A federal district judge in California declared the military's "Don't Ask, Don't Tell" policy unconstitutional late Thursday. The lawyer who won the case is a White & Case commercial litigator who had worked on just one prior pro bono matter. That lawyer, Dan Woods, spent some time Friday reflecting on a decision six years in the making.
AMLAW DAILY: Hi, Dan. Congratulations on the big win. First question: How'd you get involved in the case?
WOODS: There was an associate here at White & Case, Martin Meekins, who was actively involved with the Log Cabin Republicans. So back in 2003, we filed an amicus brief in Lawrence v. Texas. After the U.S. Supreme Court ruled in that case and found the Texas anti-sodomy laws unconstitutional, Marty brought up the idea that it might be time to bring a challenge to "Don't Ask, Don't Tell" on constitutional grounds. We did some research and found it was a viable possibility on First Amendment, due process and equal protection grounds. We filed in 2004, and we've been at it ever since. We were in something of uncharted waters. The precedents were all against us.
AMLAW DAILY: Thursday's opinion made clear that the case centered around whether "Don't Ask, Don't Tell" accomplishes anything -- whether it helps unit cohesion in the military or prevents some sort of disunity that would theoretically bubble up if gays could serve openly. The testimony from your military witnesses kept going back to the notion that "Don't Ask, Don't Tell" actually hurts unit cohesion. They all mentioned the fact that they couldn't talk about their private lives, and how that made colleagues distrust them. Did you expect that going in?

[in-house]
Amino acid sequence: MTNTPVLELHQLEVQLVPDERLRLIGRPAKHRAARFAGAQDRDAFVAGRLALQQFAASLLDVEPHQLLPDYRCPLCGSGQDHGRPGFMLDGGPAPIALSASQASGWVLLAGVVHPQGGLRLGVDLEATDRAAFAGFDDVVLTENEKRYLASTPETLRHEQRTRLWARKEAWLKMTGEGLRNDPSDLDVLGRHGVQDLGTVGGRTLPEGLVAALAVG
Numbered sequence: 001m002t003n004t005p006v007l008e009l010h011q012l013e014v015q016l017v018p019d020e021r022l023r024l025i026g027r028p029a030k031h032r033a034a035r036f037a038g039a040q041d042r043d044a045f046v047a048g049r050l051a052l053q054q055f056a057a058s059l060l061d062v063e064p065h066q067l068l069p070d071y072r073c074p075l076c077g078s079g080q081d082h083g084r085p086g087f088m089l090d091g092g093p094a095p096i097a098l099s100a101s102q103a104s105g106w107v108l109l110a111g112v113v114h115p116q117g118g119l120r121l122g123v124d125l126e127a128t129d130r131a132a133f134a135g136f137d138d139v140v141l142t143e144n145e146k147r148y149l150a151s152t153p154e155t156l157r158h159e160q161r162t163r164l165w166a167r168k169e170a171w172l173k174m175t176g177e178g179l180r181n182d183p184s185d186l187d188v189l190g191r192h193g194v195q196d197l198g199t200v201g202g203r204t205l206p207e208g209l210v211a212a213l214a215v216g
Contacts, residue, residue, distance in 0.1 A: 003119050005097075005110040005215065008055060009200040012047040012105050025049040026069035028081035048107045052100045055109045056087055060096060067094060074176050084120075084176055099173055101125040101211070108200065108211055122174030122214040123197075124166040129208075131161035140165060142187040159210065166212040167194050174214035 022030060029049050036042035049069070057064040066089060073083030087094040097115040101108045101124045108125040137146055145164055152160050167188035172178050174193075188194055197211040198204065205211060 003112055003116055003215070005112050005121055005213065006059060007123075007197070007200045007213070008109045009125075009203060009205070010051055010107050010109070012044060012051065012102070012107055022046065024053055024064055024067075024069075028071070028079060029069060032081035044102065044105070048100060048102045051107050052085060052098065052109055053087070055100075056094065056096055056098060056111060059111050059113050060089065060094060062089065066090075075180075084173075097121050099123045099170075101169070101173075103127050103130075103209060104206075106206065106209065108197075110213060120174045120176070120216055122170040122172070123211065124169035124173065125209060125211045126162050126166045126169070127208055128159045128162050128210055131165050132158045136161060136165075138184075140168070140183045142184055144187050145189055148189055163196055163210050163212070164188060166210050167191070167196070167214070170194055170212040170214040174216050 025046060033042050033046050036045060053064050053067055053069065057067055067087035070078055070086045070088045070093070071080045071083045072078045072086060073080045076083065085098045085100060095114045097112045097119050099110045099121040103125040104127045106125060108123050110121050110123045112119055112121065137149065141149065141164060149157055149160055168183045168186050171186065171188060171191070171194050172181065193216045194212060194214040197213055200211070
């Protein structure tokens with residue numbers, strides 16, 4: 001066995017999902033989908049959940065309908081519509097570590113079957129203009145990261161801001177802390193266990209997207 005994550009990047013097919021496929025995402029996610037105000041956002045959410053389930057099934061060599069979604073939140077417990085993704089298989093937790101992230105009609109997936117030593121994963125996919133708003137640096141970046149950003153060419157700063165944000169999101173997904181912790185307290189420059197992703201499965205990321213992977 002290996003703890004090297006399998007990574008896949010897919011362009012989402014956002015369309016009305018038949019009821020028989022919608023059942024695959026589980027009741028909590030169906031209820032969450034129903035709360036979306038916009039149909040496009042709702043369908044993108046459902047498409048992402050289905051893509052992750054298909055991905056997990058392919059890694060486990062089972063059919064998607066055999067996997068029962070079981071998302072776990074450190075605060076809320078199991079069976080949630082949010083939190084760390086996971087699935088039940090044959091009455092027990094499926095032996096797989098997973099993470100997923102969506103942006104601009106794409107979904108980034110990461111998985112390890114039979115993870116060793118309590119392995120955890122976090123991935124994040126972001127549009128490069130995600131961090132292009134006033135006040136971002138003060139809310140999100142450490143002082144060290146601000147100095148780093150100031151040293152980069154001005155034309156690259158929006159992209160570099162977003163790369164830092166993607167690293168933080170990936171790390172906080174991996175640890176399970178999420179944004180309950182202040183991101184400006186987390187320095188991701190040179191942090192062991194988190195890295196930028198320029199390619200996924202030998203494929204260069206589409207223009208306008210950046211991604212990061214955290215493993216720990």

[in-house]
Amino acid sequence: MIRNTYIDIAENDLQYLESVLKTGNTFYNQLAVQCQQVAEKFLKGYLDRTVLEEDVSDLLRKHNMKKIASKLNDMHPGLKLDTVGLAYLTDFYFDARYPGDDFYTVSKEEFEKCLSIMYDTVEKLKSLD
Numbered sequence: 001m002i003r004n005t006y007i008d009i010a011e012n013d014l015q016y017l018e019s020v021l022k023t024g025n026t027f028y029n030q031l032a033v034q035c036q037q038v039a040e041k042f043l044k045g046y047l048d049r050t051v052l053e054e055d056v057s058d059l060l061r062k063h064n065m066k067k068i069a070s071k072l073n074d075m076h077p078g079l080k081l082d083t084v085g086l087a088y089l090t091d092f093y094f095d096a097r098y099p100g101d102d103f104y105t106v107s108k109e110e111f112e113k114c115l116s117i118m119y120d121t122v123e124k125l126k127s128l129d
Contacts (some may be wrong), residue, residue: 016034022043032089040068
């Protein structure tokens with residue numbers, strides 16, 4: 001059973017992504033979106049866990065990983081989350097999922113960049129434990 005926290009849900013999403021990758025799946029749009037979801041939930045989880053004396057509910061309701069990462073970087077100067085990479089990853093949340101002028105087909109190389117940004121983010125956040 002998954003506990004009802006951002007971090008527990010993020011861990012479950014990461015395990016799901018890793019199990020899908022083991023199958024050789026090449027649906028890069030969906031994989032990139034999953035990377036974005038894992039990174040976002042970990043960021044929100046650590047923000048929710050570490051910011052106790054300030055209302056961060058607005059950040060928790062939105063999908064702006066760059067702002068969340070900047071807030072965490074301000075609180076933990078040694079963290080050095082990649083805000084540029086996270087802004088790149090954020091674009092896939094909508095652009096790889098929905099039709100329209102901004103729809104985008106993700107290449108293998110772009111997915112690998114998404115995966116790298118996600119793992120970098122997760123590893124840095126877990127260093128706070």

WOODS: It really did evolve that way. It was just what these witnesses were saying. They were all from different branches of the military. Some were officers, some not. But they all kept saying the same thing. We had one witness, Tony Loverde, who had flown 61 combat missions in Iraq, and he was saying that when he'd get back from one of those flights he'd have to run away from the people he had just been flying with because he knew they were going to want to talk about what they were going to do over the weekend.
AMLAW DAILY: He was the one fellow soldiers nicknamed "Vapor" because he disappeared all the time, right?